But seriously

GWBUSH.COM is often asked, "Why Bush, and why bust his ass on drugs all this time?" Well, here's why:

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"[Governor Bush] does not believe the manufacturer of a legal product should be held responsible for the criminal misuse of that product." --Bush spokesperson, June 19 1999

Here, here! Now imagine this: You own a store and some of your customers use some of your products illegally to produce drugs. Government agents show up and demand that you participate in a sweeping investigation that will violate the privacy of all your innocent customers.

You refuse and soon find yourself, your wife, and your brother, who co-own the store, all serving 10 year sentences. The government, using drug forfeiture laws, takes your homes, your cars and your life savings. You are not charged with using, producing or selling drugs. But the government can still take away a decade of your life and everything you've worked for, just to punish you for not helping them investigate your customers.

What country would you have to be living in for this to be able to happen? Actually, it's only possible in the USA. Here's the real case:
(From Families Against Mandatory Minimums Foundation Web site.)

Gary Tucker, his brother, and his wife were the owners of a hydroponic garden store. (Hydroponics is a high-technology method for growing plants indoors without soil.) The DEA began surveillance of the store because some of their customers were growing cannabis with the merchandise they purchased there. The DEA asked to install surveillance cameras in the store and asked for the names and addresses of customers. The Tuckers refused, and the DEA began following customers home and raiding their houses. Some of the people who were caught, who were facing long prison sentences and forfeiture of their homes, cooperated with the government by testifying against the Tuckers. They said that the Tuckers had helped them grow their marijuana by giving them advice. The Tuckers say that these witnesses were intimidated into giving false testimonies. At least one defendant concurs, saying that even though he told the prosecutors that the Tuckers knew nothing about the marijuana he was growing, they still wanted to charge them with it.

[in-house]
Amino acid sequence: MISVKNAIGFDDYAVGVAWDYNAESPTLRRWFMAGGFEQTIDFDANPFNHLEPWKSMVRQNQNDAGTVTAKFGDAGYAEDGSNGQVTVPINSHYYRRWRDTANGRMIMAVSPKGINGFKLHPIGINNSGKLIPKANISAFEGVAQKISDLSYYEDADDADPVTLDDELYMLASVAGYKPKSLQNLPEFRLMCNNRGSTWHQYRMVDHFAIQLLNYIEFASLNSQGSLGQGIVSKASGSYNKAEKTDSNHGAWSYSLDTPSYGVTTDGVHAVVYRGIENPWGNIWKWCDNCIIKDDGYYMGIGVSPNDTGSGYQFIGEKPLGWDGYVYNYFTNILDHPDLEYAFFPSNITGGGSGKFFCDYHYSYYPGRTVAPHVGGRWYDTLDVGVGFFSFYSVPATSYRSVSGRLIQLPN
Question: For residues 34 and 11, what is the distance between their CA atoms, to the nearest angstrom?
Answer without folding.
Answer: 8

The Tuckers were indicted for conspiracy to manufacture marijuana and were forced to forfeit their home, automobile, and savings. Gary Tucker says, "...we were found guilty of manufacturing over 1000 plants...even though we were found with no plants, no marijuana on our person, no controlled buys, and no taped conversations of `giving advice'."

The Tuckers' lawyer, Nancy Lord, has written: "The Tuckers and their customers were easy targets for DEA agents. Nobody fought back. There was not a single episode of violence in the whole investigation. All vehicles were registered, and many of those investigated were homeowners. Unlike hard-drug users, these were hard workers who had accumulated assets -- ripe pickings for forfeiture."

And why Bush?

As a presidential candidate, Bush provides a great opportunity to raise the issue of the drug war. In his own statements he has effectively classified hard drug use as a "youthful indiscretion", that should be forgotten and forgiven. If the media let him get away with this, it's only because they have no idea that people like the Tuckers, and hundreds of thousands of others, are going to jail for decades--often not even for drug use, but just for peripheral involvement in a drug offense.

People all over this great land should ask Bush, wherever he goes, whether he supports these kinds of sentences for people like the Tuckers, and hundreds of thousands of others. If he says "Yes", then why doesn't he go serve his time? If he says "No", then will he pardon them when he gets into office, and will he fight to change our drug laws?

He's in quite a bind. But it's up to the American people to raise this issue in this campaign. First, to get Bush to disclose his past drug use. Then, to ask these questions of ALL candidates with a drug history.